In a far too infrequent moment of proaction (or is that proactivity?), the FDA announced that they have
issued Matrixx Initiatives, maker of these Zicam products, a warning letter telling it that these products cannot be marketed without FDA approval.What’s the problem? Oh, nothing much… it just seems that using their product even once can permanently remove your sense of smell. And while we’re not canines, and rely mostly on our visual sense, losing your sense of smell is a great way to increase your risk of death through fire, food contamination, or the over-consumption of durian.
Matrixx’s response is what you’d expect:
Had we had the opportunity to sit down with the FDA beforehand, we are confident that the FDA would have agreed that the scientific data clearly demonstrated the safety of our products.
I wonder how convincing the non-scientific data is. That's the stuff that seems to be on the outside of the box.
Randi has covered Zicam a couple of times, here and here. And while skeptics are right to revile Zicam, which claims to be homeopathic but actually isn’t (it contains actual active ingredients, like zinc), this proclamation isn’t something we can celebrate too heartily.
We rely on the FDA to keep our food and drug supply safe, and this case, though they’ve finally reacted to public outcry, they failed to stop a dangerous product from going to market and being widely sold for a decade. This could be an example of science correcting itself, or it could be an example of a homeopathic loophole, where drugs labeled “homeopathic” are governed under a different set of rules than actual medicine. From the about.com article:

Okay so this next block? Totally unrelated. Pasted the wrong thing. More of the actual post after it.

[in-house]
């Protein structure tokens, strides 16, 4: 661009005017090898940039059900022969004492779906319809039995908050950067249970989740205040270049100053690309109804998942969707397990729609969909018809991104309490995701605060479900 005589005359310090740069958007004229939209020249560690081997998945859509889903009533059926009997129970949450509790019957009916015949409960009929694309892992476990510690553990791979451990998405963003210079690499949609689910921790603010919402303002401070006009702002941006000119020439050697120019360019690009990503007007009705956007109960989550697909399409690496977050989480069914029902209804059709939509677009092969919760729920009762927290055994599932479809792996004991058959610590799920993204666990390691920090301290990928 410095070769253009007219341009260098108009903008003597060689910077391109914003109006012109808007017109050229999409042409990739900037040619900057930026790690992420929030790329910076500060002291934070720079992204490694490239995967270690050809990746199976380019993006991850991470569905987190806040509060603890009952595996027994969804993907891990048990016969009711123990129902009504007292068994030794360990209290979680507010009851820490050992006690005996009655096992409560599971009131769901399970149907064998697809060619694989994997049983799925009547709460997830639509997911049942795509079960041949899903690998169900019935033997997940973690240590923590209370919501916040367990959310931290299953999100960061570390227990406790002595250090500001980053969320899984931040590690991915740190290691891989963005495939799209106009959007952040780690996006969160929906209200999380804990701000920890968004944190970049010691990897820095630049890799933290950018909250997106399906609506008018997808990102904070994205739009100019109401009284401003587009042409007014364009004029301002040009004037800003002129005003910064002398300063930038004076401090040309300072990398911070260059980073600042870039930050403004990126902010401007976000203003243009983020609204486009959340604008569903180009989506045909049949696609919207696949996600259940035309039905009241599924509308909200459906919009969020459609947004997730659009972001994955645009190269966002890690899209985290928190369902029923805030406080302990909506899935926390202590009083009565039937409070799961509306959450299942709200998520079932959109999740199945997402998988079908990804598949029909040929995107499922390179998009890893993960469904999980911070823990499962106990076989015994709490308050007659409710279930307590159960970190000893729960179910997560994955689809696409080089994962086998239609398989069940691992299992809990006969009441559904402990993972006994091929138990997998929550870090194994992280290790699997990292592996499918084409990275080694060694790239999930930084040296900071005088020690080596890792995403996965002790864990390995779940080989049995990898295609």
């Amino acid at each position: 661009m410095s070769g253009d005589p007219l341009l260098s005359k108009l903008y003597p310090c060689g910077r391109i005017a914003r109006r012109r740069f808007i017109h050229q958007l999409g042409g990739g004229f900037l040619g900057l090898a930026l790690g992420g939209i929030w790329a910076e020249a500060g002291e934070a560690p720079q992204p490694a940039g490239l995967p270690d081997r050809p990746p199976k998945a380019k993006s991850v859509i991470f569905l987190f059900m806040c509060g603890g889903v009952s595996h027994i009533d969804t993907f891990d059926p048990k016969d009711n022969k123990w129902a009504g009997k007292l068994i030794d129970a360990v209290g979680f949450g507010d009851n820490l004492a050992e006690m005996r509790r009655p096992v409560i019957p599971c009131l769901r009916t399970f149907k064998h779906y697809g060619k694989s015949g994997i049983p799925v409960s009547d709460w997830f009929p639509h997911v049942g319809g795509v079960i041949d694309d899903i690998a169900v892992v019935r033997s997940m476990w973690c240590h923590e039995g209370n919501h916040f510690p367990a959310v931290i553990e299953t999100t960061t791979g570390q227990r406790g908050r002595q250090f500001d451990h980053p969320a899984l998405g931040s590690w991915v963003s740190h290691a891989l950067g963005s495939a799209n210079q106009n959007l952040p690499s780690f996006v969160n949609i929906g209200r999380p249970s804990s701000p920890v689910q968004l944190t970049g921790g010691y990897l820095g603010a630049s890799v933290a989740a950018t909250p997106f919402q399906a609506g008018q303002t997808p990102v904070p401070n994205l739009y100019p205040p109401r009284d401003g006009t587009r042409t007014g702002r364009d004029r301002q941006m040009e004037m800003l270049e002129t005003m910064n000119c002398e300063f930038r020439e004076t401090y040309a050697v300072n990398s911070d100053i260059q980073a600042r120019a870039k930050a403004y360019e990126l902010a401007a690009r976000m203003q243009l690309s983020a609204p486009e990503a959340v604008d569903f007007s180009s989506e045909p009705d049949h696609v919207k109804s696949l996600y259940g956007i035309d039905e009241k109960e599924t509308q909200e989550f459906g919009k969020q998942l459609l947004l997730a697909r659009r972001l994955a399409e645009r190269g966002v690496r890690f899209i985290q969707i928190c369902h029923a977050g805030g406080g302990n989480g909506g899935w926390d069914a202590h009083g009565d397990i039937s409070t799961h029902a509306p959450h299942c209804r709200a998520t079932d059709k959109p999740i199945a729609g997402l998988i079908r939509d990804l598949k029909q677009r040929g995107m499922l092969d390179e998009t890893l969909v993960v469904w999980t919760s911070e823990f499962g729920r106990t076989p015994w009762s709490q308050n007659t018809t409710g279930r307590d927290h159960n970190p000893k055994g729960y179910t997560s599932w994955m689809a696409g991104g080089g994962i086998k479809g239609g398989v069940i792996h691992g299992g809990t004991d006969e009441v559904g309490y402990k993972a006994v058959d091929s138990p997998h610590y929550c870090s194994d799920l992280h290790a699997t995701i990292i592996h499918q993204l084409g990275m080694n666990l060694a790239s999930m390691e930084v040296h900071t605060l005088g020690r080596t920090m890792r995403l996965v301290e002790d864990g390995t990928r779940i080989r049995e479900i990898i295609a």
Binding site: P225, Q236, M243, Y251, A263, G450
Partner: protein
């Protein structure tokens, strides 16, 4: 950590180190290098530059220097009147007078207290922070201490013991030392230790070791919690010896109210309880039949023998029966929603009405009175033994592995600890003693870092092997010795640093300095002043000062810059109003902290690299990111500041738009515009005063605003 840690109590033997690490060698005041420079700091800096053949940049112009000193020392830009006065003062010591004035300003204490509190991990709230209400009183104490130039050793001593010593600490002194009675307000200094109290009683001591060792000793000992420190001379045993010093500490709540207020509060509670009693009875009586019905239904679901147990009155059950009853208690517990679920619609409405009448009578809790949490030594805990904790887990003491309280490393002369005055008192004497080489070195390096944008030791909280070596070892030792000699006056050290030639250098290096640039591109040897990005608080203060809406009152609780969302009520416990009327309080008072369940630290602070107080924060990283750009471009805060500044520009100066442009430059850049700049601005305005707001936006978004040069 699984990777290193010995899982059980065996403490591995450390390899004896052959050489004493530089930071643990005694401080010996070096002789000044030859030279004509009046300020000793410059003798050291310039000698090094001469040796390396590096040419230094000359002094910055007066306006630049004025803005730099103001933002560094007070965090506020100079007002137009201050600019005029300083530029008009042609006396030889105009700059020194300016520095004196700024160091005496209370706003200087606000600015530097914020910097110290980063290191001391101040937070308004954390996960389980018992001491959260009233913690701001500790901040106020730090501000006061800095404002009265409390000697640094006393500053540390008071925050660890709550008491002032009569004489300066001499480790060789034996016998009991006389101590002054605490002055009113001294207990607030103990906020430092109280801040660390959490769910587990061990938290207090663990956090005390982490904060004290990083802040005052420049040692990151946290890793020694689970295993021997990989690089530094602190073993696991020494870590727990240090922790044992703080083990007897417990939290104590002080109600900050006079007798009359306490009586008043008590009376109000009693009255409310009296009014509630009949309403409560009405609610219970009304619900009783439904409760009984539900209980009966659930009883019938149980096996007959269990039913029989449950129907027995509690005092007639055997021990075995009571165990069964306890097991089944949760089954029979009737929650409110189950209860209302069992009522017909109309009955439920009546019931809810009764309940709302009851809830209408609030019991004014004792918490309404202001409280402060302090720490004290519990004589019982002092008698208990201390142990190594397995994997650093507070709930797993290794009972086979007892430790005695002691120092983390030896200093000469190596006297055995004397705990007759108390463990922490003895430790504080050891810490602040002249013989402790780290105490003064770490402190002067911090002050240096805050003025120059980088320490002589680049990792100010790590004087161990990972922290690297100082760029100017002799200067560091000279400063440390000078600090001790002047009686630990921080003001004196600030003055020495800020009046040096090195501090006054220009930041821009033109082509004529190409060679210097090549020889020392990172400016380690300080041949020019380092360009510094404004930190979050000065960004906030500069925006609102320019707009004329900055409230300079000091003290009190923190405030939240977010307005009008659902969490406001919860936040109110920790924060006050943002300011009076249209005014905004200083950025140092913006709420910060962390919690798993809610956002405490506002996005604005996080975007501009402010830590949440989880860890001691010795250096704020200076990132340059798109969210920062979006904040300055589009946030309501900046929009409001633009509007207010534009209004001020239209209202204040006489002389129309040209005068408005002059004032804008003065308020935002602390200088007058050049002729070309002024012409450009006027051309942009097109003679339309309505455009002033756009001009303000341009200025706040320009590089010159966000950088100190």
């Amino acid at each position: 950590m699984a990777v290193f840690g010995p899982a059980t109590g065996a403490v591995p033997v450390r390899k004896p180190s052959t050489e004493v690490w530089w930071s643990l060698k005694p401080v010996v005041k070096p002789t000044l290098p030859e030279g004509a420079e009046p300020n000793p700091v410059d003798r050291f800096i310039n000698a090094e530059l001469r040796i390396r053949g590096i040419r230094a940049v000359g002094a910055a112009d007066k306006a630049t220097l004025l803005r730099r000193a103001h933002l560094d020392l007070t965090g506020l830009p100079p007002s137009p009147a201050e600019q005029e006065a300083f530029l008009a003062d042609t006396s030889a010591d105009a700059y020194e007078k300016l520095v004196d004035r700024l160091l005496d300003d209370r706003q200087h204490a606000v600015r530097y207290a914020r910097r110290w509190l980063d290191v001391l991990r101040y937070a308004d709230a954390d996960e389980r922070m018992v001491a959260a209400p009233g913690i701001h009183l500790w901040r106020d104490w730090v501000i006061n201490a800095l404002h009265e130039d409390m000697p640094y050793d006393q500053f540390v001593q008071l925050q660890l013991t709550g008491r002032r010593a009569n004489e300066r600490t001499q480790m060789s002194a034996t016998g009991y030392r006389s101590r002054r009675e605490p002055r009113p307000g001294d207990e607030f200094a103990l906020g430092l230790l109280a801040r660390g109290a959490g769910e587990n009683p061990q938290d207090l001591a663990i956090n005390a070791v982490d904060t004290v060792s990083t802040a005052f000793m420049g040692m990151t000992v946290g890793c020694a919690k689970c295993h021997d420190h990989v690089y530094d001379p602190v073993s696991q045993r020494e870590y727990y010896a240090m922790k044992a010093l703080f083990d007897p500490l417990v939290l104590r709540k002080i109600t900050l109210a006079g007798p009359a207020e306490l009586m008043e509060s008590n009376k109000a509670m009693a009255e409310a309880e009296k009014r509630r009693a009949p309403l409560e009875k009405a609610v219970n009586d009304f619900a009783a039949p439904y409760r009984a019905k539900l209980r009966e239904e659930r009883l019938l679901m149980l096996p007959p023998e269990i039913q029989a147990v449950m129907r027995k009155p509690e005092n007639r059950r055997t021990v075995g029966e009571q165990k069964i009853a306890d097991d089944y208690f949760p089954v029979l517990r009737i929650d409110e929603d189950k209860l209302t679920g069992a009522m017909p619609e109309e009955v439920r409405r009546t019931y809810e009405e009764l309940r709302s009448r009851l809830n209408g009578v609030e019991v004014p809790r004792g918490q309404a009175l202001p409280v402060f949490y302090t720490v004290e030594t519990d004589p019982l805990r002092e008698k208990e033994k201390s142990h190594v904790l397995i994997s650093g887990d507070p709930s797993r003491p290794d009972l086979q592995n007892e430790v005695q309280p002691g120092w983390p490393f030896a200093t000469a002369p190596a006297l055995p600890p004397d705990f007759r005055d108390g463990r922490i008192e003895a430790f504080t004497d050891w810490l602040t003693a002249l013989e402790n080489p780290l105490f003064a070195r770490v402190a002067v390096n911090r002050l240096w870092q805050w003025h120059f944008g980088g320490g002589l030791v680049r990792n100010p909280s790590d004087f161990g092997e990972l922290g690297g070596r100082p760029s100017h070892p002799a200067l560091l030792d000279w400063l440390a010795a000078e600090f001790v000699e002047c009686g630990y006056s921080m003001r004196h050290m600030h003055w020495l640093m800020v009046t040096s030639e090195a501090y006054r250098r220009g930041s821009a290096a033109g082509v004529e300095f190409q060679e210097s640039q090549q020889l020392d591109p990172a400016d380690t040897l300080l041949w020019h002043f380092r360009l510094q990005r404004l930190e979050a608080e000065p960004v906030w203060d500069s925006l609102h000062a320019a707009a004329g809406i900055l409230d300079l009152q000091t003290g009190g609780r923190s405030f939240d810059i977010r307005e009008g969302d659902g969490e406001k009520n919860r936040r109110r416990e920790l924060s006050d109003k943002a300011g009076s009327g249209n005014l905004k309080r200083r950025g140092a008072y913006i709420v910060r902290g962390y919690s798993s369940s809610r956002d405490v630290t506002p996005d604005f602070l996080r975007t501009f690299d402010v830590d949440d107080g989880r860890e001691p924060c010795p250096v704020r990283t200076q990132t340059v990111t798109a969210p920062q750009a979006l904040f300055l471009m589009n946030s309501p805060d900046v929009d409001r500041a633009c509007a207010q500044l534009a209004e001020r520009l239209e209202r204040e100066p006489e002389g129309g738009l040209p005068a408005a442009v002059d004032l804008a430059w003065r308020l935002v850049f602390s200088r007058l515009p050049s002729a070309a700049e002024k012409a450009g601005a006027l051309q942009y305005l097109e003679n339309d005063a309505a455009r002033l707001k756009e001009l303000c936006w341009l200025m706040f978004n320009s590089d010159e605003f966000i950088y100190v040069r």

although conventional prescription drugs and new OTC drugs must undergo thorough testing and review by the FDA for safety and effectiveness before they can be sold, this requirement does not apply to homeopathic remedies.
Remember the terms “safe and effective”? How do they apply to Zicam? Consumer Reports was on to them in 2006, reporting:
More important, studies with animals and case reports suggest that nasal zinc may cause loss of smell, possibly permanent. Last year we unearthed more than 200 complaints to the Food and Drug Administration about an impaired sense of smell, taste, or both after using zinc nasal products. And about 340 consumers have sued Matrixx Initiatives, the maker of Zicam, claiming loss of smell. Last January the company agreed to settle almost all outstanding lawsuits without admitting fault. Matrixx’s promotion of Zicam is being investigated by the Federal Trade Commission, which regulates product advertising.
Gee, where does Matrixx mention that in its "scientific data"? And it seems like Matrixx was aware of the FDA's interest three years ago... and yet they mention "surprise" at the FDA's "sudden" action.
So kudos to the FDA for recalling a dangerous product, but wow, it would have been nice to have caught this dangerous “alternative” medicine before it was released to the public. Maybe a lesson can be learned.
By the way, if any of you have some Zicam gel or nasal swabs at home, here's how you can get a refund:
Contact Zicam at 1-877-942-2626 or visit www.zicam.com to request a refund.
Try to avoid the propaganda on the site though.